SEO can be confusing if you’re new to the subject. You may be wondering where to start. Well, we’re here to help. First off, you’ll want to take measures to set your website up for success before optimizing individual web pages for SEO. These are known as technical SEO strategies, and will likely require the help of a skilled SEO specialist if you’re new to SEO or if you’re not very tech savvy.
If you have a good idea of how to navigate your website and are just looking for more ways to optimize each page for SEO, you’re in the right place. Let’s get started.
Optimize Your Meta Tags for SEO
- Include Your Keyword in the Meta Title
A meta title (or title tag) is a “hidden” page title that Google uses to display your website in its search engine results pages. This is the title of the link you see when you find your website in Google search results. Each page on your website has its own title tag, not just your homepage.
- Start Your Meta Title with Your Keyword
Including your keyword at the beginning of your title tag can help. However, this won’t guarantee you outrank your competitors. There are dozens of other factors at play here.
- Include Your Keyword in the Meta Description
As you may have guessed, a meta description is the description displayed under the meta title in search results pages. This tells Google and users what your page is about. Including a keyword in your meta description (and your meta title) is a staple SEO strategy.
- Use Keyword Synonyms in Meta Tags
Including synonyms of keywords not only helps Google with Latent Semantic Indexing, it also helps you diversify the keywords you’re able to rank for.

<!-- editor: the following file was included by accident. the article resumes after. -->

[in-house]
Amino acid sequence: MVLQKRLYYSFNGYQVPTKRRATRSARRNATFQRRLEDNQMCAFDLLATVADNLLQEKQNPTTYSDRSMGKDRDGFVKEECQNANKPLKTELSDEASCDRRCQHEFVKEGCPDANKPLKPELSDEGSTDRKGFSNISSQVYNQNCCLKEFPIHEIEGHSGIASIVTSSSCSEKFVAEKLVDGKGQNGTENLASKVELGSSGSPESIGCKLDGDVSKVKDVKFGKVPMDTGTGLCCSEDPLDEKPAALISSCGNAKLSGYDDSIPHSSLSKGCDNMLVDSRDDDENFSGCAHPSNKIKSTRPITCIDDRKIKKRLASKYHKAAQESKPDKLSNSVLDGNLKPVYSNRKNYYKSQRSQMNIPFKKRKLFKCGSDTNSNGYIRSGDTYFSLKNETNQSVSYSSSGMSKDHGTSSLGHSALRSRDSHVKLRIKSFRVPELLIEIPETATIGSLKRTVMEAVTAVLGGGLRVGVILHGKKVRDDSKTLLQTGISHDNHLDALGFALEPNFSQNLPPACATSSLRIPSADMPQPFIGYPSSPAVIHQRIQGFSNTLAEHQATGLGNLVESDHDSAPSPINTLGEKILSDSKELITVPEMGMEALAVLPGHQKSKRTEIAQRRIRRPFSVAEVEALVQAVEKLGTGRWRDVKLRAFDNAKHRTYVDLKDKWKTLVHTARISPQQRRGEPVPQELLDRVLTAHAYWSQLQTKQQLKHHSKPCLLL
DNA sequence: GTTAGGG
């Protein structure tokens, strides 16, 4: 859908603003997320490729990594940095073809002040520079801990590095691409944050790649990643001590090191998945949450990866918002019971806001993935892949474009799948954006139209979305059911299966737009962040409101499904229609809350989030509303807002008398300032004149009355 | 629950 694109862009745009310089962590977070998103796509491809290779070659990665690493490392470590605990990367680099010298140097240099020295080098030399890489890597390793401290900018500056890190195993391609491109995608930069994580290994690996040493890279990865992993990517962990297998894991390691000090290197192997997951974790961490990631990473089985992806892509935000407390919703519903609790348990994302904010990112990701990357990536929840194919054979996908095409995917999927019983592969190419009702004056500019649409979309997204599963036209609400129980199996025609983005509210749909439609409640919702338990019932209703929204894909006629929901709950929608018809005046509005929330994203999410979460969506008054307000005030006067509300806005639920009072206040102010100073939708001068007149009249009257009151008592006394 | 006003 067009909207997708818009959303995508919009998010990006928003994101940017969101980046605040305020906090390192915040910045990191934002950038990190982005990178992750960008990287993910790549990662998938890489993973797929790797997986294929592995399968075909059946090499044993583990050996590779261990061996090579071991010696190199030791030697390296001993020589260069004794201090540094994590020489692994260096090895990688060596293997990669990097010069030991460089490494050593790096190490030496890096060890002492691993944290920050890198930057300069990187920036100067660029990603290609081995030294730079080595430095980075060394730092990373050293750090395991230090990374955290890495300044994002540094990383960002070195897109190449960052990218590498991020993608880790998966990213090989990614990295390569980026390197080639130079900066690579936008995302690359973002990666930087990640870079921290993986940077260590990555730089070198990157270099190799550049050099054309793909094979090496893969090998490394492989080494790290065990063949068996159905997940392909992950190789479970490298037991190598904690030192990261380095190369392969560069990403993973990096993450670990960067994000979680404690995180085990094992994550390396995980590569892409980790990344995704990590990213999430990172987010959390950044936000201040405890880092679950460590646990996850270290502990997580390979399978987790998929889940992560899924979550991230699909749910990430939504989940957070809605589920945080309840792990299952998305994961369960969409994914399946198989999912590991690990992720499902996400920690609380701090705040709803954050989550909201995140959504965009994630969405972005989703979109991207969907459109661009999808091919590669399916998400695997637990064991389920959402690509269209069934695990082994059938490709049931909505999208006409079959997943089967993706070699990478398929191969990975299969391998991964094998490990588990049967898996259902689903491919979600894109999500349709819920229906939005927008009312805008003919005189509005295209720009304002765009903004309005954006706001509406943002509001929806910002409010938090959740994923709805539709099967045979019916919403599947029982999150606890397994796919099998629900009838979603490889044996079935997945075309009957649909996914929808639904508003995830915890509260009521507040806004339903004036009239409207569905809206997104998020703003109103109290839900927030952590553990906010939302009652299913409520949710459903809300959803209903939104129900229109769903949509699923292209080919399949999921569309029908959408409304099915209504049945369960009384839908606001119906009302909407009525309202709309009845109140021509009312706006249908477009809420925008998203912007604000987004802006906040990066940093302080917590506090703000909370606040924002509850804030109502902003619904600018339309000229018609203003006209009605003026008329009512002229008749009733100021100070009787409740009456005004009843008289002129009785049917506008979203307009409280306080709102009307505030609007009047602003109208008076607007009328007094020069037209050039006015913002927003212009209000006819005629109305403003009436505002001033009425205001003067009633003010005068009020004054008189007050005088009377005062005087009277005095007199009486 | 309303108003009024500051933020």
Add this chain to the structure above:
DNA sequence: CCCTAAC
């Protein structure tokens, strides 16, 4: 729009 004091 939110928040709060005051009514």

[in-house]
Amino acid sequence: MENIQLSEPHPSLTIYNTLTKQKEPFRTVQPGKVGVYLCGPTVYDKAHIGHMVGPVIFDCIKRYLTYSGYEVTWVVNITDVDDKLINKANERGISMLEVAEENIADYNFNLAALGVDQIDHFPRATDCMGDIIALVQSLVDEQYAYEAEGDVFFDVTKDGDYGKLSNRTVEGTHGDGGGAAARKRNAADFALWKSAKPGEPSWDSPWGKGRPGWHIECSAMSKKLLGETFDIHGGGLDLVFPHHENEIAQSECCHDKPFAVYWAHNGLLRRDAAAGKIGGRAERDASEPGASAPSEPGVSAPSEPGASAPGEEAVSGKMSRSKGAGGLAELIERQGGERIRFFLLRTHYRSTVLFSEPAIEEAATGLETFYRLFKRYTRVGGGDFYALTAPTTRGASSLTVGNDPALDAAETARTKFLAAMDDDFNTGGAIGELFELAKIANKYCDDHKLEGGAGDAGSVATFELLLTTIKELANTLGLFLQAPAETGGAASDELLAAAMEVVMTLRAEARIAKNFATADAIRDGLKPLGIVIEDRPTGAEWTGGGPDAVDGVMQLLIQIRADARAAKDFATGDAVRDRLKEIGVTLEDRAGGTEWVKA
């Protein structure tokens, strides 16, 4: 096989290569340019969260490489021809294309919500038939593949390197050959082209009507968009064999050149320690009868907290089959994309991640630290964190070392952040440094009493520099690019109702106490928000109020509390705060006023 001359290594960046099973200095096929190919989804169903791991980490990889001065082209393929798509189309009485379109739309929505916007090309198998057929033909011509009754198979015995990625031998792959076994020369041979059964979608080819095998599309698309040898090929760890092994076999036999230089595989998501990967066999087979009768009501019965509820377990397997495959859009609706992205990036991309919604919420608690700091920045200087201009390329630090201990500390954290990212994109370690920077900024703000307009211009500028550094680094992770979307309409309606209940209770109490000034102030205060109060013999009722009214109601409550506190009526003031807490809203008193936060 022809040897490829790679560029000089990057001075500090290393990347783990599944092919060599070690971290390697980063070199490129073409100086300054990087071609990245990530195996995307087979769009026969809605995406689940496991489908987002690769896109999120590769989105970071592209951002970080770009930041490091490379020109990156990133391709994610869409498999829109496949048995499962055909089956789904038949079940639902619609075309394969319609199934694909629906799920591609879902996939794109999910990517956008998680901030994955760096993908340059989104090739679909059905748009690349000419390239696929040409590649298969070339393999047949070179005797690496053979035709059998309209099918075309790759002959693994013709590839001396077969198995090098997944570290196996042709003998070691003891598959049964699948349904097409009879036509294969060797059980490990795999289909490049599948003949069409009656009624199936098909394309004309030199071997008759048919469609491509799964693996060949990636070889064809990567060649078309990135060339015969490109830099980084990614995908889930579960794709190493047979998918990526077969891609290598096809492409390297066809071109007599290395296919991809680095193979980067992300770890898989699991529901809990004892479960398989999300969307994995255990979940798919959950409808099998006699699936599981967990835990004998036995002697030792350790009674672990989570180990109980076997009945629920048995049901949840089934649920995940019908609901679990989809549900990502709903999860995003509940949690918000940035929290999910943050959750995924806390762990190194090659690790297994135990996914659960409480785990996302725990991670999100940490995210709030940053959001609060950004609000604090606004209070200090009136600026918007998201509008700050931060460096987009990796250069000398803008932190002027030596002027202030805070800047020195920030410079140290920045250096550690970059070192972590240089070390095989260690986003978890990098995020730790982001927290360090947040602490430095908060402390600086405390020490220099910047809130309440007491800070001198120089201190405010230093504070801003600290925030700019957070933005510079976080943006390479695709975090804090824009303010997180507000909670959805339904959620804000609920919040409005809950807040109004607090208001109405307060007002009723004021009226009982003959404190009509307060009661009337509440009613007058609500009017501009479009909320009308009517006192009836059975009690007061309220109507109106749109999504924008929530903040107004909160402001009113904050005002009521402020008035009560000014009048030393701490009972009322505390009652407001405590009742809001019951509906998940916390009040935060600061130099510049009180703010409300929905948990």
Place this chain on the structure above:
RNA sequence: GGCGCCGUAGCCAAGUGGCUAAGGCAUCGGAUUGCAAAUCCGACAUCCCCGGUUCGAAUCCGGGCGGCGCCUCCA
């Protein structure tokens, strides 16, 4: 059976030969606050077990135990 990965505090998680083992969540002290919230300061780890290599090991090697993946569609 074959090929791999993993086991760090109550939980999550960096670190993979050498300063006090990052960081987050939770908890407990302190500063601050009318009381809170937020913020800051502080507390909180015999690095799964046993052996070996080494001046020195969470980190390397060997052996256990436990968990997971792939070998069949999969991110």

- Mind Meta Tag Character Limits
Google will only display the first 60 characters of your meta title, and the first 155-160 characters of your meta description. Inadequate character length certainly won’t get you penalized by Google, but it’s important to make sure your keyword is displayed before the cutoff. It’s also a good idea to utilize all the space that Google gives you to include as much helpful information about the page as possible.
Optimize Your Content for SEO
- Include Your Keyword in H1 Header Tag
Your H1 header tag is the title of each individual webpage on your website. It’s important when creating each webpage to use the “<h1>,</h1>” html tags to help Google identify which part of your content is the title. However, many platforms like WordPress add these tags automatically to the text you add in the “Title” field. Start your content off right by including your keyword directly in your H1 to help Google understand what your content is about, and what keyword you should show up in search results for.
- Mind Your Keyword Density
Keyword density is the percentage of which your content appears throughout your content. If your keyword is only included once in your 1500 word article, then you’re less likely to rank in the search engines for that keyword. However, using your keyword too many times in your content can have a negative impact on your rankings. This is known as “keyword stuffing”, and was once a commonly used blackhat SEO strategy in the early days of the internet. Today, SEO experts believe a keyword density of 1-2% is ideal.
- Include Your Keyword in H2, H3 Tags
Similar to H1 tags, H2 and H3 tags help Google identify subtitles throughout your content. Including keywords and keyword synonyms sparingly in subheadings can help increase your keyword density and your rankability.
- Write Longer, More In-Depth, Original Content